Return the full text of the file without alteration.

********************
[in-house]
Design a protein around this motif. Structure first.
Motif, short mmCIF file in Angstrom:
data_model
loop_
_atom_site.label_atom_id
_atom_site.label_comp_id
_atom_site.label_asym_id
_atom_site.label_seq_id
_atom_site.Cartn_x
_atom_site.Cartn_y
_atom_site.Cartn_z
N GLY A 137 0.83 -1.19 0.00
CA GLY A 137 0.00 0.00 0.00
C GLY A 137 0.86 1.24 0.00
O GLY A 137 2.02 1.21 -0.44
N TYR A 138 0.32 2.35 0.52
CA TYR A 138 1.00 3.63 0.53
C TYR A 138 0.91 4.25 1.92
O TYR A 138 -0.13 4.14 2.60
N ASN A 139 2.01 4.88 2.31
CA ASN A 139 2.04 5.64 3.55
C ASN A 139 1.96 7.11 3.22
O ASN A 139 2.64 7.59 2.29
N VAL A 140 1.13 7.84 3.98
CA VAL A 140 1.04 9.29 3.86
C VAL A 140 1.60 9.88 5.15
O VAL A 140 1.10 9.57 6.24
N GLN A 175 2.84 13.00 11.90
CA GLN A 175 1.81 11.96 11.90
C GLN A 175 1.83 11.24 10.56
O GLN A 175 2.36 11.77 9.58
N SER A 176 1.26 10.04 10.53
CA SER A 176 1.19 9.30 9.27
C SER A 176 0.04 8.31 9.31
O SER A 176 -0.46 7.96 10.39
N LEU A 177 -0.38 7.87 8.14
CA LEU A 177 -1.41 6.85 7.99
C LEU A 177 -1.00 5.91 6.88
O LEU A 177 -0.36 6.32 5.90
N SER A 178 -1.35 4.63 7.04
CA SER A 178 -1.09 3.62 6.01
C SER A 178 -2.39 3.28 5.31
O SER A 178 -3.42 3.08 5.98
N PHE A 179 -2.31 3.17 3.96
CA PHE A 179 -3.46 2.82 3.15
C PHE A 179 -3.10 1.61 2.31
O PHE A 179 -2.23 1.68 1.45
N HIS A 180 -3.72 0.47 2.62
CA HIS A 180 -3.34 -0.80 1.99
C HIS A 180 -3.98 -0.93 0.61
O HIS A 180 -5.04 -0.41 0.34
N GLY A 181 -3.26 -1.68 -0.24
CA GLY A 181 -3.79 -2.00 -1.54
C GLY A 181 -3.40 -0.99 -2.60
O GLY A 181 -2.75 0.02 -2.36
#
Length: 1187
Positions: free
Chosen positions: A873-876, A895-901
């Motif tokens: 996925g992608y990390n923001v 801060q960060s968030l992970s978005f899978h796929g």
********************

[in-house]
Design a protein around this motif. Structure first.
Motif, short mmCIF file in Angstrom:
data_model
loop_
_atom_site.label_atom_id
_atom_site.label_comp_id
_atom_site.label_asym_id
_atom_site.label_seq_id
_atom_site.Cartn_x
_atom_site.Cartn_y
_atom_site.Cartn_z
N GLY A 137 0.83 -1.19 0.00
CA GLY A 137 0.00 0.00 0.00
C GLY A 137 0.86 1.24 0.00
O GLY A 137 2.02 1.21 -0.44
N TYR A 138 0.32 2.35 0.52
CA TYR A 138 1.00 3.63 0.53
C TYR A 138 0.91 4.25 1.92
O TYR A 138 -0.13 4.14 2.60
N ASN A 139 2.01 4.88 2.31
CA ASN A 139 2.04 5.64 3.55
C ASN A 139 1.96 7.11 3.22
O ASN A 139 2.64 7.59 2.29
N VAL A 140 1.13 7.84 3.98
CA VAL A 140 1.04 9.29 3.86
C VAL A 140 1.60 9.88 5.15
O VAL A 140 1.10 9.57 6.24
N GLN A 175 2.84 13.00 11.90
CA GLN A 175 1.81 11.96 11.90
C GLN A 175 1.83 11.24 10.56
O GLN A 175 2.36 11.77 9.58
N SER A 176 1.26 10.04 10.53
CA SER A 176 1.19 9.30 9.27
C SER A 176 0.04 8.31 9.31
O SER A 176 -0.46 7.96 10.39
N LEU A 177 -0.38 7.87 8.14
CA LEU A 177 -1.41 6.85 7.99
C LEU A 177 -1.00 5.91 6.88
O LEU A 177 -0.36 6.32 5.90
N SER A 178 -1.35 4.63 7.04
CA SER A 178 -1.09 3.62 6.01
C SER A 178 -2.39 3.28 5.31
O SER A 178 -3.42 3.08 5.98
N PHE A 179 -2.31 3.17 3.96
CA PHE A 179 -3.46 2.82 3.15
C PHE A 179 -3.10 1.61 2.31
O PHE A 179 -2.23 1.68 1.45
N HIS A 180 -3.72 0.47 2.62
CA HIS A 180 -3.34 -0.80 1.99
C HIS A 180 -3.98 -0.93 0.61
O HIS A 180 -5.04 -0.41 0.34
N GLY A 181 -3.26 -1.68 -0.24
CA GLY A 181 -3.79 -2.00 -1.54
C GLY A 181 -3.40 -0.99 -2.60
O GLY A 181 -2.75 0.02 -2.36
#
Length: 1187
Positions: free
Chosen positions: A873-876, A895-901
């Motif tokens: 996925g992608y990390n923001v 801060q960060s968030l992970s978005f899978h796929g």